EPA, USDA to Improve Rural Water & Create Jobs

Written by Becky Villaneda

To address poor water quality in rural communities, including ones along the United States and Mexico border, the U.S. Environmental Protection Agency (EPA) and the U.S. Department of Agriculture (USDA) this month announced a partnership to improve drinking water and wastewater systems.

The agreement will also create jobs in these communities because of the anticipated workforce shortage in the water industry. The partnership calls for providing job training to help the unemployed become qualified to fill those positions.

Funds, which are yet to be announced, will come from state’s Drinking Water State Revolving Fund (DWSRF). The EPA annually provides grants to each state DWSRF program to “promote safe and affordable drinking water”—authorized by the Safe Drinking Water Act (SDWA).

The SDWA, passed by Congress in 1974, is the main federal law that protects American’s drinking water. It was later amended to include the protection of drinking water sources, which includes lakes, rivers, reservoirs, springs and ground water wells.

Nationwide, small water and sewage treatment facilities, with limited funding and resources, face challenges due to rising costs and aging equipment and pipes. These challenges are what has sparked this partnership between the EPA and USDA.

“EPA and USDA have joined forces to leverage our expertise and resources to improve drinking water and wastewater systems in small towns across the country,” said Nancy Stoner, acting assistant administrator for EPA’s Office of Water, in a statement. “A critical part of this agreement is to ensure that we have a well trained, professional workforce available to replace workers when they leave or retire.”

According to a 2005 published report by the American Water Workers Association (AWWA) titled, “Succession Planning for a Vital Workforce in the Information Age,” the water utility workforce will decline in the next 10 years. Specifically, the AWWA projects 37 percent of water utility workers and 32 percent of wastewater utility workers will be eligible for retirement within the next decade. Additionally, the U.S Department of Labor estimates that the demand for water and wastewater operators will increase by 20 percent through 2018.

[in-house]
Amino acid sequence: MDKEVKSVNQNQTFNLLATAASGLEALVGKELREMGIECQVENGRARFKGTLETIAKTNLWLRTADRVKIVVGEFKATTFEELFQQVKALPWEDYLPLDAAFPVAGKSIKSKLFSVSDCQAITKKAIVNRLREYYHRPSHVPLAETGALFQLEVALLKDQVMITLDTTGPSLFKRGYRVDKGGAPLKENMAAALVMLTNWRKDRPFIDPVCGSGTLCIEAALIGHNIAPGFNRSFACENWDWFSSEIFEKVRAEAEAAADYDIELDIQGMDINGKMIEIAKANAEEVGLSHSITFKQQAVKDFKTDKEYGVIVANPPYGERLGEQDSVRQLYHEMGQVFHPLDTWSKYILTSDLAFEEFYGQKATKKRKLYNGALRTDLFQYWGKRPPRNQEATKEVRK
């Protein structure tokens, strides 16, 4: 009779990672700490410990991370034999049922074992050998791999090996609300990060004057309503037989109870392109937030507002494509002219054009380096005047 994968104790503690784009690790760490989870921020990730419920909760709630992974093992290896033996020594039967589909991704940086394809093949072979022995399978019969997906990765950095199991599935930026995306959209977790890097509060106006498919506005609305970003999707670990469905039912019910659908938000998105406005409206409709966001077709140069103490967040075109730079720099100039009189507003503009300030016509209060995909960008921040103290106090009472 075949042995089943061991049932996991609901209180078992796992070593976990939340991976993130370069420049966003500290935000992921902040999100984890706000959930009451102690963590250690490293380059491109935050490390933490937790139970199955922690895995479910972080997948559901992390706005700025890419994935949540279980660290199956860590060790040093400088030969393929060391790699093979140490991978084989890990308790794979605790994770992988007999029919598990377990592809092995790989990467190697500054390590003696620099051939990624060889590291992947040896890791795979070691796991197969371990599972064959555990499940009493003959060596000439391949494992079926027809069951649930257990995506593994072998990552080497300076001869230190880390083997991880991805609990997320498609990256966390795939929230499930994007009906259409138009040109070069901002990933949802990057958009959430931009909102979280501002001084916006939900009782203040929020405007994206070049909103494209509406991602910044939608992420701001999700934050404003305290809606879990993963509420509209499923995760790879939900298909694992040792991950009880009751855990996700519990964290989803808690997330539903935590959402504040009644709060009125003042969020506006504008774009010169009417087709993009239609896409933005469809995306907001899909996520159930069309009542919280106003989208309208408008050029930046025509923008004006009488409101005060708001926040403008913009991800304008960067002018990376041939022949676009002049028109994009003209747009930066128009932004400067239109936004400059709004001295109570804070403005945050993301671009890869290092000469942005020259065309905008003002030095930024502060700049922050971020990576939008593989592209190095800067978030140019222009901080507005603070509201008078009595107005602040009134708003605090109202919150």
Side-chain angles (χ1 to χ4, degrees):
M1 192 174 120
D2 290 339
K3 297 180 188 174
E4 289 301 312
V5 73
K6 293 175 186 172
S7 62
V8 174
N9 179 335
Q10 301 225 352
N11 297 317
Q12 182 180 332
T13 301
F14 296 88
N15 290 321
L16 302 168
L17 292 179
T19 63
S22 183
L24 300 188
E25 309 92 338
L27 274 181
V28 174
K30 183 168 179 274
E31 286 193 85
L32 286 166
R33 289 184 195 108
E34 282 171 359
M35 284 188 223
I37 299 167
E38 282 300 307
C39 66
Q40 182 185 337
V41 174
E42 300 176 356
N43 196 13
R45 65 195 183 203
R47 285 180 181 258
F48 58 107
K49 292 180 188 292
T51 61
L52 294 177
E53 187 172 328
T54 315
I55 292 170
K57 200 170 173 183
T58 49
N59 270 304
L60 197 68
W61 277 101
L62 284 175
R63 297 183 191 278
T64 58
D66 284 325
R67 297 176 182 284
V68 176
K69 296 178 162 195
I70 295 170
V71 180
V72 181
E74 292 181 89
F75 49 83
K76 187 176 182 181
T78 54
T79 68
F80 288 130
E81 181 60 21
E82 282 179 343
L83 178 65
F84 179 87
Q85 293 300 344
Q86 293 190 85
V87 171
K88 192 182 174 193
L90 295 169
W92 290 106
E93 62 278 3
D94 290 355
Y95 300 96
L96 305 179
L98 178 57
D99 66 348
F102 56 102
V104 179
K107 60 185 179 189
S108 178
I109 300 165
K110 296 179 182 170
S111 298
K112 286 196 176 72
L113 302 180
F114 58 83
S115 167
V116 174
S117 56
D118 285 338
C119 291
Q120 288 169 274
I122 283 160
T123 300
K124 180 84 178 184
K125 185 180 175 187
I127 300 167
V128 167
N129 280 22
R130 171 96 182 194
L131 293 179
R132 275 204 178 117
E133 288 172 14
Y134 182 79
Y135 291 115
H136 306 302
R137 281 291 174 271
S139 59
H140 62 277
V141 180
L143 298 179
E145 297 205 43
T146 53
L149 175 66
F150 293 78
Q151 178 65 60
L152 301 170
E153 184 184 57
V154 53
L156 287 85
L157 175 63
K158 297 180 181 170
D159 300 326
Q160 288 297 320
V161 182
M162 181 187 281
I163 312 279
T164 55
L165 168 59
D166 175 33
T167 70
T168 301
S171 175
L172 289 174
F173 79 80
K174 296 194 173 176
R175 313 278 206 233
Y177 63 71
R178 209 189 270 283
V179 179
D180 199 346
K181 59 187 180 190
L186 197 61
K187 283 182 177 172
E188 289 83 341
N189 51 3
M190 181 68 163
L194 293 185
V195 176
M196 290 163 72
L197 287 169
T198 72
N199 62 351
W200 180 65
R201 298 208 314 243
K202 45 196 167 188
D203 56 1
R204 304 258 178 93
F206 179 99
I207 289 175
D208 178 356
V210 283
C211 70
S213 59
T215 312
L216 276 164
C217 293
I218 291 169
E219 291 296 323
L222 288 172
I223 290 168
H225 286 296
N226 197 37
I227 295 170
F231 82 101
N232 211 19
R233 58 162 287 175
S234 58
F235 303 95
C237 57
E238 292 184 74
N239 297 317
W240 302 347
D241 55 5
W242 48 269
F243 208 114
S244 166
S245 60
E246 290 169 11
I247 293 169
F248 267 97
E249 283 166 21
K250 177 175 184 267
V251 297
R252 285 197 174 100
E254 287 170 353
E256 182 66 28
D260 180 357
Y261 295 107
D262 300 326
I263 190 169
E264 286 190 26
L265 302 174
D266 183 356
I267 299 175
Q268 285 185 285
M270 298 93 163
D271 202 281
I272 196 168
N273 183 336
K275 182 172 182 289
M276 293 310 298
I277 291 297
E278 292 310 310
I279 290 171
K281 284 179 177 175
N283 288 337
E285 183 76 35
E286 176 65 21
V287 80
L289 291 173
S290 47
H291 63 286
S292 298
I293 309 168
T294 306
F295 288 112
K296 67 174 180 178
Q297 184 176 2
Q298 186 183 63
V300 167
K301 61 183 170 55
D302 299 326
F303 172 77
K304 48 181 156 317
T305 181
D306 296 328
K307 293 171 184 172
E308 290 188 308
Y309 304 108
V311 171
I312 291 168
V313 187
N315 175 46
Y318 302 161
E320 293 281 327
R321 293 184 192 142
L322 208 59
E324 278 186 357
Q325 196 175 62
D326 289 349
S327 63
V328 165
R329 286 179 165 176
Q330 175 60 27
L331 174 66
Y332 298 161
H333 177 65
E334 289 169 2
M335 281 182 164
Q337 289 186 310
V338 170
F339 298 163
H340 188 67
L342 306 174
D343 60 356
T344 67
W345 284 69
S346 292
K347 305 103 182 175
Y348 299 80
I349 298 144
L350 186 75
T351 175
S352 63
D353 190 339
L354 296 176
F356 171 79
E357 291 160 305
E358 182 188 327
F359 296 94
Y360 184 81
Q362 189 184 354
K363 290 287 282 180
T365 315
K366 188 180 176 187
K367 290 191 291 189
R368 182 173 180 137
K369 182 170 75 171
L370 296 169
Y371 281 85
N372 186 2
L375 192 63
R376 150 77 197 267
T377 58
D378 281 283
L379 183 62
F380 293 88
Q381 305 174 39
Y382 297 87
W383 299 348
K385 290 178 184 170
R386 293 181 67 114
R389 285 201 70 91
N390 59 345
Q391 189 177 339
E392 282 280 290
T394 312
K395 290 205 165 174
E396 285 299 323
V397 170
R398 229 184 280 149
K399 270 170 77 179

With about 13.9 million people unemployed and a 9.1 percent unemployment rate, according to the U.S. Bureau of Labor and Statistics, this sings opportunity.

Under the agreement, EPA and USDA will “work together to promote jobs by targeting specific audiences, providing training for new water careers and coordinating outreach efforts that will bring greater public visibility to the workforce needs of the industry, and develop a new generation of trained water professionals,” according to a press release.


“08/08/2011: EPA and USDA Create a Partnership to Improve Drinking Water Systems and Develop Workforce in Rural Communities.” Environmental Protection Agency. 8 Aug. 2011. Web. 18 Aug. 2011.

“Memorandum of Agreement Between the United States Environment Protection Agency and the United States Department of Agriculture–Rural Development Utilities Service.” EPA.gov. 8 Aug. 2011. Web. 12 Aug. 2011.

“Employment Situation Summary.” U.S. Bureau of Labor Statistics. 5 Aug. 2011. Web. 18 Aug. 2011.

About the author

Becky Villaneda

Becky is a Los Angeles-born writer educated in southern and northern California. She became a writer to raise awareness of social and environmental issues and because her mother’s passion for the written word was contagious. In early 2011, Becky and three other journalists teamed to write their first book “Stories4Women,” which is a collection of true short stories. This project has given her the courage to explore other book ideas … stay tuned. She recently moved to Santa Barbara and works at Hispanic Business Magazine and is happily exploring the city’s sights and sounds.


  • I applaud the agreement to provide resources to rural and small communities. However a broad brush approach to imply that rural systems have poor water quality is an erronous assumption. Small systems comprise 92% of the systems in this nation and serve up to 50% of the population in some states and on average from 20-25% of the population in all states.

    EPA compliance data on health related maximum contaminate levels (MCL) documents there is no stastical difference between large and small systems. The Rural Utilities Service has over $11 Billion dollars loaned out to rural and small systems with a deliquency rate of less than 1/2 of 1 percent. A rate any financial institution would give a right arm to have. Quality on tap is a committment and a profession that is embraced by the professionals in rural and small communities across the nation. They and their families drink the water they produce and are the fist line of defense in protecting our nation’s lakes, streams, and water sources through wastewater treatment.